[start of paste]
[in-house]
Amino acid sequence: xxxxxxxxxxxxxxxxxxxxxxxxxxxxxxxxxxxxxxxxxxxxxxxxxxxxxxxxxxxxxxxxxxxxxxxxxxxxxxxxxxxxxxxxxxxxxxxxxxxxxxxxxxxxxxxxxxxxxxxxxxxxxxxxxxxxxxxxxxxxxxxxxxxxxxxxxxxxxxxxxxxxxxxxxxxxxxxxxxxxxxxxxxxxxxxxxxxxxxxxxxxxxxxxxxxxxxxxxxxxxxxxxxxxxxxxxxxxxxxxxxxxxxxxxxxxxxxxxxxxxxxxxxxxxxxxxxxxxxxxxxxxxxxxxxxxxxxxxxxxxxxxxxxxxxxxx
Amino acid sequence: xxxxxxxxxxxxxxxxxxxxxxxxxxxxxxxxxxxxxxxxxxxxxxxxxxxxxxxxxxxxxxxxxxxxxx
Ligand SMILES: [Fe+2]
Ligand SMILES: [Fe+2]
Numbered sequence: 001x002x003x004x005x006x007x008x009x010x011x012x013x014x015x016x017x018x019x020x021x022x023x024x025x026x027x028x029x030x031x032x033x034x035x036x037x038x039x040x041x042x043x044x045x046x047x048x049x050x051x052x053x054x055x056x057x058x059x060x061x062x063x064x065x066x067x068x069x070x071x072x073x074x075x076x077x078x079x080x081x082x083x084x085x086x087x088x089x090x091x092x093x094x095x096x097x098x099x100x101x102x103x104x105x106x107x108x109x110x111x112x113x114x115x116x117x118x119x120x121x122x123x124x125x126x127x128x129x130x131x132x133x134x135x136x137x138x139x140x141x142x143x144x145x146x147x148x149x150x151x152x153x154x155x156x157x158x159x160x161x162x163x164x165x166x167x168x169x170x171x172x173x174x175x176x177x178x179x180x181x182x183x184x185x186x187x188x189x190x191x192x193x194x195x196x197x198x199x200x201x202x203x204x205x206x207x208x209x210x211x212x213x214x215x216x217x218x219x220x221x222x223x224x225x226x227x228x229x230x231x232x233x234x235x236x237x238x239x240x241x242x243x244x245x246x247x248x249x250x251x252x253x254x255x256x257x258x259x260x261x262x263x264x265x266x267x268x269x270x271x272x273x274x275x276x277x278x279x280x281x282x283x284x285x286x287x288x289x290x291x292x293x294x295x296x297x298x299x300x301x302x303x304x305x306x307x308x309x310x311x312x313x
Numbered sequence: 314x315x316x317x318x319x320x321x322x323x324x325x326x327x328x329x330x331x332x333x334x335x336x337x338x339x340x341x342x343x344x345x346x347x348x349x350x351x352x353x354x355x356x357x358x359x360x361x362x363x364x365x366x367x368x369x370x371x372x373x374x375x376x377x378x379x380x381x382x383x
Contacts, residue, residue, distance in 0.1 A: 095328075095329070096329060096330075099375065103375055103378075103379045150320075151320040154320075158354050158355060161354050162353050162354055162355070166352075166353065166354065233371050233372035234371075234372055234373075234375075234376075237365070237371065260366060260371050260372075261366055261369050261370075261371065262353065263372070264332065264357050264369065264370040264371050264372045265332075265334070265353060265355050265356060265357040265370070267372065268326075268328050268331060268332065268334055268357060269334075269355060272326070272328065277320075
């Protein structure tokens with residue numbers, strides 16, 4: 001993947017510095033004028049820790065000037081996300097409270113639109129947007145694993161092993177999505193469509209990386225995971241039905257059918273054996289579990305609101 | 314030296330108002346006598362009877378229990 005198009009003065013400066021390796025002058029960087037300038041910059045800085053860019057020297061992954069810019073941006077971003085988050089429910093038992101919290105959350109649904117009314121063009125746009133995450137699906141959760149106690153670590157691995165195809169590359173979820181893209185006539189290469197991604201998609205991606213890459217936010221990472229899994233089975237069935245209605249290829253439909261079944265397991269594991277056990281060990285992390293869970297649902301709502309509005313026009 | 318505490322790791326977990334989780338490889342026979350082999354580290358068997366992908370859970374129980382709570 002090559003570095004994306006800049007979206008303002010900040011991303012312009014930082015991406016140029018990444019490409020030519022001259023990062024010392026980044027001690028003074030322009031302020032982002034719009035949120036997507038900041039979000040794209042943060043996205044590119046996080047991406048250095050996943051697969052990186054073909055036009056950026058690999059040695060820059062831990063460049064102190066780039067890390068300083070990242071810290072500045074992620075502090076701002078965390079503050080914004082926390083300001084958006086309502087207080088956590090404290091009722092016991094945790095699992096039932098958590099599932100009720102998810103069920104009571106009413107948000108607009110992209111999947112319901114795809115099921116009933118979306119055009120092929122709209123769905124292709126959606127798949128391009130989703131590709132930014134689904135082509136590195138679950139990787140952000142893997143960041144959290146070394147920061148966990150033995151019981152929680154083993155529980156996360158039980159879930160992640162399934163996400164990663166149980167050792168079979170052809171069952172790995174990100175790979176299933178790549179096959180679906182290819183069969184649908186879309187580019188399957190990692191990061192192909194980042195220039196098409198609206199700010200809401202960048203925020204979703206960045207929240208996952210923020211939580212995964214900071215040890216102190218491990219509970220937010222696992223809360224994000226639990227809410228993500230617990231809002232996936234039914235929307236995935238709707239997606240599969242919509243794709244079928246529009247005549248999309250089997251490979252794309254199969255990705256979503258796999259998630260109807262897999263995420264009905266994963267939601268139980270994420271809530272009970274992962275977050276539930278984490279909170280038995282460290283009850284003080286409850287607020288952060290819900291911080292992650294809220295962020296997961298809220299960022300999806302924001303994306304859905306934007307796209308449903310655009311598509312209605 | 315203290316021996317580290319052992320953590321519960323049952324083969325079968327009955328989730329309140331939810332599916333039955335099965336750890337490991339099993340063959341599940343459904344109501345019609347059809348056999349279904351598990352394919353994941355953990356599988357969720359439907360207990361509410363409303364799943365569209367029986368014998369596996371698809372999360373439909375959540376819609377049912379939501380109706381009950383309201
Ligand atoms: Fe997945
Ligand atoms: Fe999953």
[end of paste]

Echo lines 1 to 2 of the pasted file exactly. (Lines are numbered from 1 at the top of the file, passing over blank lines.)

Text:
[in-house]
Amino acid sequence: xxxxxxxxxxxxxxxxxxxxxxxxxxxxxxxxxxxxxxxxxxxxxxxxxxxxxxxxxxxxxxxxxxxxxxxxxxxxxxxxxxxxxxxxxxxxxxxxxxxxxxxxxxxxxxxxxxxxxxxxxxxxxxxxxxxxxxxxxxxxxxxxxxxxxxxxxxxxxxxxxxxxxxxxxxxxxxxxxxxxxxxxxxxxxxxxxxxxxxxxxxxxxxxxxxxxxxxxxxxxxxxxxxxxxxxxxxxxxxxxxxxxxxxxxxxxxxxxxxxxxxxxxxxxxxxxxxxxxxxxxxxxxxxxxxxxxxxxxxxxxxxxxxxxxxxxx